270. Nature looks dead in winter because her life is gathered into her heart. ~Hugh Macmillan

She (nature) withers the plant down to the root
that she may grow it up again fairer and stronger.
She calls her family together
within her inmost home to prepare them for being
scattered abroad upon the face of the earth.
~Hugh Macmillan


Early morning light steals across straw-colored grass and slowly warms the biting chill of a February dawn.  Splinters of sunlight glisten and sparkle as they move over the garden’s frost-laden, bare bones.  From my vantage point inside I can make out a lone, reddish leaf, not quite ready to be a memory, clinging tenaciously to a branch in the ornamental cherry tree.  It reminds me that a wellspring of life lies dormant below in nature’s “inmost home” where “her life is gathered into her heart.”  My attention is diverted next to the dogs I hear barking up and down the alleyway.  The feral cats must be on the move in search of food.  Then birds begin to show up at the feeders and high above their flutterings I see the first squirrels running the high wires.  Soon birdsong breaks morn’s silence, and lights start coming on in the once darkened houses around us.  The neighborhood is coming alive and gearing up for the day, but no, not I.   Since retirement I’ve been able to linger as long as I like most mornings and from my well-situated chair watch the days and the changing seasons pass over my yard.  Nature’s recurrent patterns and rhythms have always comforted me, and it’s delightful to be able to partake of her daily feasts.  Though evidence of God’s grace is readily apparent in the spectacular moments of life, perhaps sweeter are the ones ferreted out of day to day, ordinary living.  These are blessings that are not unlike the contrast of a mass of diamonds scattered out on a dark piece of velvet in which all are lovely but none seems particularly more special than the other and that of a singular diamond’s loveliness on the same piece of fabric which in its aloneness is brilliantly stunning.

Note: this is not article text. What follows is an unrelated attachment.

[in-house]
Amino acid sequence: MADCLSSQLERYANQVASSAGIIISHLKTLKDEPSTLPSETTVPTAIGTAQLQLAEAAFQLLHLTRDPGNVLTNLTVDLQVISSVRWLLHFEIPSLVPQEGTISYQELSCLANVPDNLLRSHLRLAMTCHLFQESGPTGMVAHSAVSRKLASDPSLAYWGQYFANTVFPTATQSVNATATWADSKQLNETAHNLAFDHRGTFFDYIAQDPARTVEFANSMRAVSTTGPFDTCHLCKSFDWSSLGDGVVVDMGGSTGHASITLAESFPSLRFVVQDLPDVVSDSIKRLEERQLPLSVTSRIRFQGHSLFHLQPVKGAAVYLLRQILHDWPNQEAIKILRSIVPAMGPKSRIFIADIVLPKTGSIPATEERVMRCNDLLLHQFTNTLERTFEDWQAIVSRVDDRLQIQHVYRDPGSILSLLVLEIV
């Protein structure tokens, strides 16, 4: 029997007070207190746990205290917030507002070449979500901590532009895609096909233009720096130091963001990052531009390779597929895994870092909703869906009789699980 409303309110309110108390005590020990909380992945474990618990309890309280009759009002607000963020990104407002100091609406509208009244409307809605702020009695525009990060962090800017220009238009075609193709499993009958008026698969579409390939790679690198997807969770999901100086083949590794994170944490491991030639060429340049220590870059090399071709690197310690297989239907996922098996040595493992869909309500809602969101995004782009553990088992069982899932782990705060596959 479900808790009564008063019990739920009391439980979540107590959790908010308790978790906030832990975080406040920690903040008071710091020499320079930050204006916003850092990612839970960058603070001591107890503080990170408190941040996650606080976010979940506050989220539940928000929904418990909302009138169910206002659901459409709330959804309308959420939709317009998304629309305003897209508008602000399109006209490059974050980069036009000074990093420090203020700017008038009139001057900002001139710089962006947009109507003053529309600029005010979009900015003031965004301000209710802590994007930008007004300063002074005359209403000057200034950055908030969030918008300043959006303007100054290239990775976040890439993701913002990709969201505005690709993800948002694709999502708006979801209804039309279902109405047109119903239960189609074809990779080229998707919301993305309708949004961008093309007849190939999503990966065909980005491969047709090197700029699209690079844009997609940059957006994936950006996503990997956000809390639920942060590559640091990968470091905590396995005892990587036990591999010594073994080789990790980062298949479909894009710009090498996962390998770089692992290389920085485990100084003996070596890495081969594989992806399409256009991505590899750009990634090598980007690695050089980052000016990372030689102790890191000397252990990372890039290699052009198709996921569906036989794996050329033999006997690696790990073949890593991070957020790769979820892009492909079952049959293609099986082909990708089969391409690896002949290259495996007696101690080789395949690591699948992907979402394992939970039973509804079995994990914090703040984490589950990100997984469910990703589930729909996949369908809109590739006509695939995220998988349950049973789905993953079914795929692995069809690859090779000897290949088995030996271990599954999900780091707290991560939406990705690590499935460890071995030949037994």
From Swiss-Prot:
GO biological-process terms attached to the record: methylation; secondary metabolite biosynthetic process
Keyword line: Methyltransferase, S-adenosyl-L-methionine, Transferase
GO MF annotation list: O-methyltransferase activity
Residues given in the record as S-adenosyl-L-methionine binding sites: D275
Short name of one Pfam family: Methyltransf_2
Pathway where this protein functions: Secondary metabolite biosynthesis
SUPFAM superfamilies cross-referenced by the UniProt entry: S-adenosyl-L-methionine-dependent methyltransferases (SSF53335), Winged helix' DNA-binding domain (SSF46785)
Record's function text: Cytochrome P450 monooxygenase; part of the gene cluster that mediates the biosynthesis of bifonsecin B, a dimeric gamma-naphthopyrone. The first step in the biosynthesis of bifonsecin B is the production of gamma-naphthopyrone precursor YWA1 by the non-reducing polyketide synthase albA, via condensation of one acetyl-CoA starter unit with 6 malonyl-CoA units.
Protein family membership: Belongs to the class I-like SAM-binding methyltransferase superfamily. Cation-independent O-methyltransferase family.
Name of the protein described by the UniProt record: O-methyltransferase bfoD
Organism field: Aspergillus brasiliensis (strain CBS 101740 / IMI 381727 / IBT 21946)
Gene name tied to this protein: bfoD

For the word of the Lord is right and true; He is faithful in all He does.  ~Psalm 33:4  ✝

11 thoughts on “270. Nature looks dead in winter because her life is gathered into her heart. ~Hugh Macmillan

  1. Pingback: 270. Nature looks dead in winter because her life is gathered into her heart. ~Hugh Macmillan | Sacred Touches

  2. This is a great post. I’ve noticed you have written several times about what you see out your window from your chair. I’d love to see a post about your chair and show us a pic from the inside out. God Bless!


  3. I must say that the ability to linger in the morning hours has been one of the greatest treasures I relish since retiring. When teaching I was up at 5 and at school by 6:45—till dark thirty — I love the ability of lingering—-thank you for sharing the birth of your mornings—
    love to you—cookie


  4. Natalie, what a lovely read this is. I would so love to drop in and have tea with you and watch the birds together in gentle quietness. This reminds me to appreciate the “diamond” I may find in each winter day. This chilly morning, when we were out walking, I enjoyed a single eagle soaring in a blue sky. Of course I tried to photograph it – it’s a tad blurry but my memory of it is not.

    Blessings ~ Wendy


    • Wow, when you said you were going to get caught up you meant it missy. Other than the aches and pains of an aging and worn body, it is idyllic, Amelia. I worked for nearly 40 years (only 31 were in teaching) and it’s nice to own my own time now. God is good, life is good, and I am happy with what I am and who I am. I hope one day you find yourself in an idyllic situation as well. God bless you too, my friend, and thanks for all the comments tonight. Hugs and love to you, Natalie 🙂


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